Further Thoughts on Aristotle’s Politics

Aristotle’s treatise on politics is the essential work on political philosophy from classical antiquity. Since the death of Socrates, philosophy had to learn to conceal itself from the wayward opinions of the majority. People are biased and occasionally these biases are directed at people in an unenlightened way. Each age and political regime carries certain prejudices, but philosophy’s goal is to rise above particular prejudices in an effort to examine the nature of things -and this is a dangerous project to political life. Free inquiry is antithetical to the essentially religious nature of politics. In the ancient world there was no such thing as freedom of speech nor freedom of religion and so on. Thus, Socrates was condemned to die for impiety as well as for spreading his allegedly idle tricks to the youth of Athens. Therefore in an effort to continue the exploration of the best political regime (i.e. the pursuit of justice) philosophers are compelled to disguise their true convictions. Plato conceals himself behind a mask of poetry in dialogic form, while Aristotle takes another approach. We know Aristotle wrote some dialogues in his day, but what comes down are Aristotle’s extensive treatises.

In many of his treatises, Aristotle begins his texts by making large, declarative statements that generally reflect the established opinions of his day, but as the book proceeds, we soon discover that Aristotle has examined and broken apart those common opinions so that we may rise above what is common to see things from a higher perspective. And that is exactly what he does in his masterpiece, the Politics.

Book I of Aristotle’s Politics is devoted to distinguishing two different kinds of rule (which other writers confuse -presumably Plato and Xenophon), however the true meat of the text begins with a ‘new founding’ in Book III wherein the parts of the city are discussed, namely the citizens, as well as the four cardinal virtues (courage, moderation, prudence, and justice). Each of the cardinal virtues arise in Aristotle’s discussion of how to properly govern a household: not according to property, but rather according to virtue. At the outset, he claims that the best way to approach an examination of justice is to first examine

For Aristotle, the city is the highest expression of man’s political potential -it is small and distinct from a nation (ethnos) and further still from an empire. Perhaps most importantly, a city has limits. Readers of Aristotle cannot help but wonder what Aristotle would think of the nation state. Given his preference for a small, self-sufficient community which is in pursuit of virtue, Aristotle would likely find the modern nation state to be a hideous monstrosity. He follows from Plato’s lead in the Republic by analyzing the character of each regime (i.e. democracy, oligarchy, monarchy, republicanism and so on), though his preference comes to light for the rule of the ‘best of men’ -an aristocracy, or perhaps we might call it an aristocratic republic.

Curiously, in Aristotle the city is a naturally occurring organism for mankind because ‘man is a political animal,’ yet the city is also founded intentionally. The city does not occur automatically in the same way that herds of animals organize themselves. A city is founded on a vision of the good, on the idea of justice. Without the pursuit of justice, humans fall into hideous abuses because most of politics is about preventing the bad rather than pursuing the good. Aristotle does not hold an ‘optimistic’ view of human potential. The city, or any political association for that matter, arises out of several needs and desires: such as for humans to share with one another, for humans to derive meaning and purpose from their collective, and also out of a need for security and mutual benefit (which later becomes the primary justification for the modern political community from the so-called “state of nature” writers like Hobbes, Locke, and Rousseau). The human political community begins as a naturally paternalistic embryo: it begins with the family, or the household. A family is ruled by two parents (contra popular opinion, Aristotle exoterically critiques the idea of full equality between men and women, while esoterically he cites ‘the poets’ with a quote from Sophocles’s Ajax in which Ajax goes mad while his wife attempts to reason with him).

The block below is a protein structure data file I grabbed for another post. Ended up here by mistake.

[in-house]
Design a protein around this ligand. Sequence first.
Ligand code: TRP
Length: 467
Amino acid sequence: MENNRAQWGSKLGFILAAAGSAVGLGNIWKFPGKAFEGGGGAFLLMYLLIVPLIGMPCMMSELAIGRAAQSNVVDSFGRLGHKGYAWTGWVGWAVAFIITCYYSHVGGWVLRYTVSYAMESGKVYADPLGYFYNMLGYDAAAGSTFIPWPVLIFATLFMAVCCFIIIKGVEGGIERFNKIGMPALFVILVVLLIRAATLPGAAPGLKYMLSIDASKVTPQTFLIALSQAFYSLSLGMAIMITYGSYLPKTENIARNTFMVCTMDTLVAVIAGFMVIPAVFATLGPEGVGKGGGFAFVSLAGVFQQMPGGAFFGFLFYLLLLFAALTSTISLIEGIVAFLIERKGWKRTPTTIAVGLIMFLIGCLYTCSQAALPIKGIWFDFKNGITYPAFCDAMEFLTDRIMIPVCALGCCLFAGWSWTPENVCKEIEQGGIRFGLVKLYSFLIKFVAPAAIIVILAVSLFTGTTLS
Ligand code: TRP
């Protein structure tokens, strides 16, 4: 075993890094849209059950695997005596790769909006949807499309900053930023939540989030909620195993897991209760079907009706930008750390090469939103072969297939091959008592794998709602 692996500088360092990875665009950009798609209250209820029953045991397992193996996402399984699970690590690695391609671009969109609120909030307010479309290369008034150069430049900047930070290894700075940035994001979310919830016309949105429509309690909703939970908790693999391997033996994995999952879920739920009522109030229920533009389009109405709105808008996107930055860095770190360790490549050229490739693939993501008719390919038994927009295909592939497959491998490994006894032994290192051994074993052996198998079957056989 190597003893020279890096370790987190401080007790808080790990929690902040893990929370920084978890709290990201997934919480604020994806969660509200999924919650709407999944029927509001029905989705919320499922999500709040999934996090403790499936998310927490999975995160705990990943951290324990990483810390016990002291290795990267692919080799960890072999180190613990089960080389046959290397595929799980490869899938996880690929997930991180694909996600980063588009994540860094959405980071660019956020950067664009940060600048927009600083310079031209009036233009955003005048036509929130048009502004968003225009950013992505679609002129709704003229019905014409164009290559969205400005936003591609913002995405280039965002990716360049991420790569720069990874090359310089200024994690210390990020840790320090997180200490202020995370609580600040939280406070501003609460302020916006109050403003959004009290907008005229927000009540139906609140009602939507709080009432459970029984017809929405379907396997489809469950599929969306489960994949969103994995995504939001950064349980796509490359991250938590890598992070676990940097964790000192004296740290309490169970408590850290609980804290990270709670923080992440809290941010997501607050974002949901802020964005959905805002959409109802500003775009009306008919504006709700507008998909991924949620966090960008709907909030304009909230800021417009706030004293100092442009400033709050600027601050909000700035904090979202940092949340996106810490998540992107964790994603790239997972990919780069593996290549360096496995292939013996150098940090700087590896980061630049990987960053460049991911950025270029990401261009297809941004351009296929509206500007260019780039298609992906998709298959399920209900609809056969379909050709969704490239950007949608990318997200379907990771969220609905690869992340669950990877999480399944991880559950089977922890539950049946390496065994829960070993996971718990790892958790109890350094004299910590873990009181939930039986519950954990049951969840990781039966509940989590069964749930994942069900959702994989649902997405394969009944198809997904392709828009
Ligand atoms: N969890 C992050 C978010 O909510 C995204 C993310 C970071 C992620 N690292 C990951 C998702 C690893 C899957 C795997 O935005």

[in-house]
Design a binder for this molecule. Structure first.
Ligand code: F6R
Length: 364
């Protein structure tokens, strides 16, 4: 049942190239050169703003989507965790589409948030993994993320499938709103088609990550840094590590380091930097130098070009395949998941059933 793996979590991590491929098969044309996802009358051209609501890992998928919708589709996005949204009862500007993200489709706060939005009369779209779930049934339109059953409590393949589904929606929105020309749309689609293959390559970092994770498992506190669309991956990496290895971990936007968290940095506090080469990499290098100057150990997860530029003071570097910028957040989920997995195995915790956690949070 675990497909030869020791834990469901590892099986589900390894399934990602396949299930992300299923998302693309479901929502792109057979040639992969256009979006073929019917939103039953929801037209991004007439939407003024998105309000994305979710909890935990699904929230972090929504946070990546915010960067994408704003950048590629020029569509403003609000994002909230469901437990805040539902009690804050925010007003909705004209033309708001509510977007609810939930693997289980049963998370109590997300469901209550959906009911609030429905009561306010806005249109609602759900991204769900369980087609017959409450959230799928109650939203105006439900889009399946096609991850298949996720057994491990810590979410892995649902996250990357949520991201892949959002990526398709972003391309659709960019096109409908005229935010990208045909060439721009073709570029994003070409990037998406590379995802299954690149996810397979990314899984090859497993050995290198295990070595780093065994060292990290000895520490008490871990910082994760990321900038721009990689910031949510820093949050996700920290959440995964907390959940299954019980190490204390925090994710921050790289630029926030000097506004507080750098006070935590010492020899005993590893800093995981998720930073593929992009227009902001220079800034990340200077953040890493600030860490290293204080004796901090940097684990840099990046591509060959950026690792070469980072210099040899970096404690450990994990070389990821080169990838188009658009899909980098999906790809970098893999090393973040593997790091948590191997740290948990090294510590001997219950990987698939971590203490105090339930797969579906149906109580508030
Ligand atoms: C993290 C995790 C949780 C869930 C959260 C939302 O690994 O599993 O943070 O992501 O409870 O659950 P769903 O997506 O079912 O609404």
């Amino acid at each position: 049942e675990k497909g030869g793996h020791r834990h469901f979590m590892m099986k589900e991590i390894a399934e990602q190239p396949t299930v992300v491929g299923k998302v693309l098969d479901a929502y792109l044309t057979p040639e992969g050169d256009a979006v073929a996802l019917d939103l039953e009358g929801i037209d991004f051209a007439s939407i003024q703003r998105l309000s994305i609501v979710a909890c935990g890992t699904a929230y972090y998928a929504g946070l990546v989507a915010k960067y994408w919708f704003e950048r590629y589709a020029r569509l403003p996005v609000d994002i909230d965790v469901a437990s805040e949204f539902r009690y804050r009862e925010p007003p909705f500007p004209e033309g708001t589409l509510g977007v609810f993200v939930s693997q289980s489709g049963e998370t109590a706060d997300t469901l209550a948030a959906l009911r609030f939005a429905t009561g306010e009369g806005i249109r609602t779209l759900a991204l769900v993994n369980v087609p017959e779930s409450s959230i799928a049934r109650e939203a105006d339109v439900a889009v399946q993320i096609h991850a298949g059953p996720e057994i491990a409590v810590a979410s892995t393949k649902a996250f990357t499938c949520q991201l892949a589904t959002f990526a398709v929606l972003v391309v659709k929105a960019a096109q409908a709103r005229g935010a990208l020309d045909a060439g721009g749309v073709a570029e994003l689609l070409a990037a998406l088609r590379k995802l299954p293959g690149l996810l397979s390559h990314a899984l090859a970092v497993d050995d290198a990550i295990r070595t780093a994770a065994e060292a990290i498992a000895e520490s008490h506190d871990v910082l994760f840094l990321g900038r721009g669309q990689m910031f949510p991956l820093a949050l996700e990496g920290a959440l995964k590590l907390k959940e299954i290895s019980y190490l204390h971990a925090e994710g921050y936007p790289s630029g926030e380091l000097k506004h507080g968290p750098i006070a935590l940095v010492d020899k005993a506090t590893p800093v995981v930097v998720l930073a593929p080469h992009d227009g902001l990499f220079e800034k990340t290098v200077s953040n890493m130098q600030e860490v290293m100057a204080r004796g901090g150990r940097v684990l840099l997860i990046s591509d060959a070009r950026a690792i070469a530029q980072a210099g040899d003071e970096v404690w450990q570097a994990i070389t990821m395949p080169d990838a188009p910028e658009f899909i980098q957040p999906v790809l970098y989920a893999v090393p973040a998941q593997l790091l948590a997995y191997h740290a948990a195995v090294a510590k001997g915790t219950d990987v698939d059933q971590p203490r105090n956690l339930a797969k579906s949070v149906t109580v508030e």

At any rate, for Aristotle the household relies on slavery -a kind of natural slave who is deficient intellectually. He accepts a natural hierarchy among beings -some are better suited to lead, some are better suited to follow. A slave is someone incapable of ruling himself for Aristotle. The notion of ancient natural hierarchies is foreign to the modern mind as productive machinery and the firm belief in democratic values has overcome the desire for hierarchical order (this optimism has soured into skepticism in our present day).

The chief insight we gain in reading Book III of Aristotle’s Politics is an awareness of the immense complexity in determining the city in motion. A city, or politics, is rife with inconsistencies and tensions. Who speaks for the city -the revolutionaries? The leaders? How shall we characterize an existing regime? Who belongs to the city? Who is a citizen? Aristotle suggests the citizen is one who truly and fully engages in the decision-making and office of the city. Each citizen pursues his own interests, the rule of his household, while also seeking for the common good. Similarly each competing regime (i.e. democracy, oligarchy, monarchy, aristocracy and so on) believes it is pursuing the common good. Every regime claims to be just. Perhaps in some ways like Herodotus, Aristotle begins by posing a fundamental question about political life, he then answers that question with common opinions, and then puzzles the reader by presenting other conflicting common opinions. Dialectically, the conflict or disagreement leads the reader to a higher perspective regarding the problematic nature of politics.